• Web application support - I haven't yet seen a client-facing, server-scripted web application written from the ground up in C++. The web server, sure, Apache, ISS, they all typically run against an unmanaged runtime for speed/efficiency reasons. However, C++ is not a language used for building web applications. C# is (as is Java). It was designed from the ground up to support the next generation of Microsoft's ASP paradigm. This is code designed to run in a sandbox; which sandbox (the ASP.NET plugin to ISS or the "desktop" CLR) is relatively unimportant.
  • Language/runtime independence - A C++ compiler takes C++ source code and produces assembly code for one processor architecture using one machine language. To support a different architecture and/or machine language, a completely new compiler must be written (and a completely new set of runtime libraries must be compiled). A C# compiler takes C# source code and produces CIL, which the hardware-specific JITer translates to machine code. The same JITer can translate any CIL program no matter what the source language (and there are several; C#, VB.NET, F#, and a host of "Iron" language ports like IronHaskell, IronRuby, IronLisp, etc). The same compiler can turn one language into CIL that any JITer can run, no matter the hardware. This reduces the amount of work that must be redone from scratch for every new language or platform supported by the .NET Framework.
  • Focus on "correct" code - For C++ devs, there are a lot of "right" ways to do something, depending on what's most important; memory efficiency, CPU efficiency, hardware independence, OS independence, etc. Code can look drastically different when each of these is the priority. C# was designed by a group that took to heart the conceptual lessons of Fowler and his colleagues (who were working to reform code design within the C++ community by teaching object-oriented principles to a community that largely moved up into it from C), as well as the practical lessons learned by the languages that came before (including Java, and its near-fanatical obedience to the almighty Object, when a good old C++-style function pointer would do the job much more cleanly and not be any less object-oriented).

For antitrust reasons, MS is careful not to be seen "interfering" too heavily in other major platforms like Android, Mac OSX/iOS and Linux; however, it does indeed have teams developing for all three of these platforms. There's an MS-developed version of Office for OSX, there are numerous applications including Office interop apps for iOS and Android, Skype (now a Microsoft product) runs on Linux, and Microsoft has even been seen contributing to the Linux kernel (primarily in a virtualization mindset).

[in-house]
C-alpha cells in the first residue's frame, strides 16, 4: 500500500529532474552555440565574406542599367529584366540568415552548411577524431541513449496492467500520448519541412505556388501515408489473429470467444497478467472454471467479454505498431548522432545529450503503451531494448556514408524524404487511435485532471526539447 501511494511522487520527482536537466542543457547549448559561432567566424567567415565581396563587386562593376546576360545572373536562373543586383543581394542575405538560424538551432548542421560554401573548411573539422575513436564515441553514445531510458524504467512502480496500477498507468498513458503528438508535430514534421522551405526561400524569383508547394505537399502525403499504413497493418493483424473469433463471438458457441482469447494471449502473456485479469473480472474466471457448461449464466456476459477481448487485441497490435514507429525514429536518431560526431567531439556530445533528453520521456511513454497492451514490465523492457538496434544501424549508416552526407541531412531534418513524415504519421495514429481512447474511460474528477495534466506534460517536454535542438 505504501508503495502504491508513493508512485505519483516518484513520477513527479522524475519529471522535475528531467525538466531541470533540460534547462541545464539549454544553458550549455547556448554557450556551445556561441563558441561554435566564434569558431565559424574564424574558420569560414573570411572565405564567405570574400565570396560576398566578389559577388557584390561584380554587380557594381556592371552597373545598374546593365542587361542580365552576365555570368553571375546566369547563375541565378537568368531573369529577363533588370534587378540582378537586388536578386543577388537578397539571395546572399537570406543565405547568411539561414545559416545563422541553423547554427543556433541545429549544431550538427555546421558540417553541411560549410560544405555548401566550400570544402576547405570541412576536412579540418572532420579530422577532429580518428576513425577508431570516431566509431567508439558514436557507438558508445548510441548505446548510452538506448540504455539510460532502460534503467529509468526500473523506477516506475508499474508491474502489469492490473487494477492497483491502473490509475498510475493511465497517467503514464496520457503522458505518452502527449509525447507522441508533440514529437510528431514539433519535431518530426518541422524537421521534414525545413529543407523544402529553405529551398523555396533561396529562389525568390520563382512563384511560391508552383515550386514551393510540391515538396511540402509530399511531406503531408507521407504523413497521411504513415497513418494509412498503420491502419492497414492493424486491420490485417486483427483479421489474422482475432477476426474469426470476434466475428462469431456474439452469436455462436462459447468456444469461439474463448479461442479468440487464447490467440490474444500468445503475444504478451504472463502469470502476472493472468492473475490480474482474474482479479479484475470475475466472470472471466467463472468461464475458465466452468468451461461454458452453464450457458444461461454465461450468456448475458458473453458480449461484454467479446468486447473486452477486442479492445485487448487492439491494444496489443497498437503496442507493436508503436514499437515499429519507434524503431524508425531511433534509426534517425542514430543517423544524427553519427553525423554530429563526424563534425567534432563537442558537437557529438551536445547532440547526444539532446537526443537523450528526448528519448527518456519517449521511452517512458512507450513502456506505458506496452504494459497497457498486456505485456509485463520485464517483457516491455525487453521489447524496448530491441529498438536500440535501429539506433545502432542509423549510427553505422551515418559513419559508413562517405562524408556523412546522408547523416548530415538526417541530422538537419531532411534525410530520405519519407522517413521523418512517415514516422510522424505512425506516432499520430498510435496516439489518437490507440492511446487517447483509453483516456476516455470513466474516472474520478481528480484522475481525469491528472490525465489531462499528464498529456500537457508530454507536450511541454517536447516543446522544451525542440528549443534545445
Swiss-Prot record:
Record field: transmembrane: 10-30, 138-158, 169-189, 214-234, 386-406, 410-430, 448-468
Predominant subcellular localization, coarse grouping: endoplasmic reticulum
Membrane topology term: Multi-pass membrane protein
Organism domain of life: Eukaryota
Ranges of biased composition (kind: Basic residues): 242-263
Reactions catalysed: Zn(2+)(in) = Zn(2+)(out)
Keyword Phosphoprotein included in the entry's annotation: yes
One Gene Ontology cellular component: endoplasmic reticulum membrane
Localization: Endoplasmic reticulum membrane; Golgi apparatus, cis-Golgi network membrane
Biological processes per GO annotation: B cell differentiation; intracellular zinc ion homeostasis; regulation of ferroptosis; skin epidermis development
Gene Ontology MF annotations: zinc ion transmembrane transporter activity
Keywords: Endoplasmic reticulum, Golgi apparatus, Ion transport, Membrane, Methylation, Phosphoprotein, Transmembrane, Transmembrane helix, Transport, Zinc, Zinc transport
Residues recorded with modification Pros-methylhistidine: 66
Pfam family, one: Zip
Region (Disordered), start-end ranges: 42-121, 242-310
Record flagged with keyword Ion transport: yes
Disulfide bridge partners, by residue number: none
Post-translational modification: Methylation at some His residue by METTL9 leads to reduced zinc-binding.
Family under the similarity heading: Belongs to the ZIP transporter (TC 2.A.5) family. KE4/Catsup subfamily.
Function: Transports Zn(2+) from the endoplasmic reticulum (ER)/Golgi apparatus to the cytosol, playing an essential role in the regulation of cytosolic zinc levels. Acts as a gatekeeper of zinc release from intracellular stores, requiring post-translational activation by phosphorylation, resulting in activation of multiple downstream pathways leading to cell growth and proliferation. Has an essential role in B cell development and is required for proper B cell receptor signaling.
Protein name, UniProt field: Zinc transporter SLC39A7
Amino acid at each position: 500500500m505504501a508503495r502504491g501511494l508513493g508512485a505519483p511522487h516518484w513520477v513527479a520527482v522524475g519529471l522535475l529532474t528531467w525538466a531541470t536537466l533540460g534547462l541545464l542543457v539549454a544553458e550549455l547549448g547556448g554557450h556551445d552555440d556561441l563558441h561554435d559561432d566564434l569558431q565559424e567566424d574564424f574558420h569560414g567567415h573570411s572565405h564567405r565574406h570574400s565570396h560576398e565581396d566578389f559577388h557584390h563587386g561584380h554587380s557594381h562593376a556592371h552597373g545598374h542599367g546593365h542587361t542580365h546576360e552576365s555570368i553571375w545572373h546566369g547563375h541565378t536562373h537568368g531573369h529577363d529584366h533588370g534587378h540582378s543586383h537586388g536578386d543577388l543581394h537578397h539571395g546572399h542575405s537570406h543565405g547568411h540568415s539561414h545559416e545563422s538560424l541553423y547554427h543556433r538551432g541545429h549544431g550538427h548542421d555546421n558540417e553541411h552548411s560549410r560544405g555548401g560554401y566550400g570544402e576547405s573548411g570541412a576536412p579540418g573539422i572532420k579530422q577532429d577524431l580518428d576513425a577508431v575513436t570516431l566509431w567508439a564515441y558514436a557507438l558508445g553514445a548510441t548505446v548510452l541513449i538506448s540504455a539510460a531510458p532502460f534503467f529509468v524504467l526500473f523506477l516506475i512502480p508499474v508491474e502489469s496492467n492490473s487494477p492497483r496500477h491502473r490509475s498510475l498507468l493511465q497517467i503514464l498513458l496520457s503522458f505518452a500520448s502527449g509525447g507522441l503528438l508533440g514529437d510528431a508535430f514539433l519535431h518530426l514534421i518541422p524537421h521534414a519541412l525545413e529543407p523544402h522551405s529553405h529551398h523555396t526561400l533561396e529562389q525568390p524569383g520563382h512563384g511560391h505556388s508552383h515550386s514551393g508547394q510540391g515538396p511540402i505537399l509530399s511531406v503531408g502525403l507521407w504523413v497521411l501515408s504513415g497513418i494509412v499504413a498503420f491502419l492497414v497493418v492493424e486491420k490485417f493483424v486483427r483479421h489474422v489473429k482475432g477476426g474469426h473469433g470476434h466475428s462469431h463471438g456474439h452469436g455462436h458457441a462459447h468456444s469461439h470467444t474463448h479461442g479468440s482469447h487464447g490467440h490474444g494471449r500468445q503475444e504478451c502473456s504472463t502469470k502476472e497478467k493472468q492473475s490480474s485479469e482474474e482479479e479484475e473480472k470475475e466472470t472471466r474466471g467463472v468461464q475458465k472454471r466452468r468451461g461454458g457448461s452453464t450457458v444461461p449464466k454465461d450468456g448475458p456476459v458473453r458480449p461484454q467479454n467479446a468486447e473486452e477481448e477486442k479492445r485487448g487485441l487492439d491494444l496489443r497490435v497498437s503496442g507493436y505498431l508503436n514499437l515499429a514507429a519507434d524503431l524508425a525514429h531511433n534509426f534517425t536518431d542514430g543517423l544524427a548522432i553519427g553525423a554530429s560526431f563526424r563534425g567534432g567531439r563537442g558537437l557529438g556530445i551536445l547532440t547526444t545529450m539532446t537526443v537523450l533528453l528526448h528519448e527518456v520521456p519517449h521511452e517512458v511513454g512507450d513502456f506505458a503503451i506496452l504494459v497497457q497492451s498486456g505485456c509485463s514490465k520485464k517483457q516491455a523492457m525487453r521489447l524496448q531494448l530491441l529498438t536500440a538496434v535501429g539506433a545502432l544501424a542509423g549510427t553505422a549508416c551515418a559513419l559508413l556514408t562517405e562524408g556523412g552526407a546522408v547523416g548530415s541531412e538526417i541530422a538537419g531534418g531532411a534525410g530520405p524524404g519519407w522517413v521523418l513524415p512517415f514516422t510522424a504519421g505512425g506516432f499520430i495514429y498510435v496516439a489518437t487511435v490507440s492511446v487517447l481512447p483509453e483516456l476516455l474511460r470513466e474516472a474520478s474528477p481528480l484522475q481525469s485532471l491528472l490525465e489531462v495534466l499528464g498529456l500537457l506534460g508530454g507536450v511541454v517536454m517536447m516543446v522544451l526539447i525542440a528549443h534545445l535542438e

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    "I haven't yet seen a client-facing, server-scripted web application written from the ground up in C++." - where do you put CGIs of days of old? My very first web applications (as trivial as they were) were 100% C. Back then (mid '90s) it was easier to write a .c and .h for doing the standard work in cgi (the 'scripting' languages were just emerging on the scene too). – user40980 Sep 23 '13 at 21:14
  • hm... CGI, CGI... I think I heard of it, but I'm with KeithS, I'm yet to actually see one :) – DXM Sep 23 '13 at 21:22
  • @DXM the old model of dynamic content was for the web server fork a process and put things in standard places (query params and the like went in specific environment variables) - the Common Gateway Interface. The output of that process was then sent back as the content. In the old days, it was easier to find a programmer who knew C or C++ rather than perl or python (and sh was very clunky for such work). – user40980 Sep 23 '13 at 22:35
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    Don't underestimate the importance of the similarity with Java. Sun had just sued MS for their port of the JVM and won some legal points (stupidly, IMHO). CIL and the CLR are inspired by that, and you will notice that J# is as close as it can be to Java without triggering further legal actions. A huge difference is that the CLR is language agnostic. You really can write a program in a mix of C#, F#, and J# if that is what is needed. Just try to mix Java with libraries in other languages and get a stable program. – RBerteig Sep 23 '13 at 23:58
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    But interop between MSIL and native code is both reasonably well defined and just works. And apparently was expected to just work by design, and by the attitudes of the user community. – RBerteig Sep 24 '13 at 21:02
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The Windows OS is available for different CPU types, today mostly x64, x86, Intel, ARM.

CIL/CLR is independent from that hardware platform - these differences are "abstracted away" by the IL execution environment. For example, a .NET assembly compiled for "any CPU" can typically executed on Win64 as a 64 bit process, and Win32 as a 32 bit process, without the need of providing different executables.

Moreeover, the CIL allows metadata to be stored in assemblies which is not easily possible with native DLLs (it is possible, of course, MS did this before with COM components, but that technology was never as easy to handle as .NET components). That makes creation of software components a hell lot simpler and is the foundation of reflection / introspection in all .NET languages.

  • Just to add a bit to this, not only do they allow different CPU types but even different version(Core i3/i5/i7) and vendors (Intel vs. AMD) within the same CPU type (all x64 for example) might have different sets of assembly instructions which JIT compiler would be able to take advantage off – DXM Sep 23 '13 at 16:12
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    @DXM: and you know the JIT does actually? Or is this more a hypothetical thing? – Doc Brown Sep 23 '13 at 16:22
  • At least a MSDN blog claims the JIT compiler does do that (or did, 8 years ago). – user7043 Sep 23 '13 at 17:03
  • @DocBrown: Obviously I don't have any reference material on-hand, but I thought I remembered reading something about this long time ago. Thanks delnan, for finding the link. It would make sense since we know chip manufacturers like to add their own instructions on top of standard x86-x64 so if the machine can take advantage why wouldn't it? – DXM Sep 23 '13 at 21:20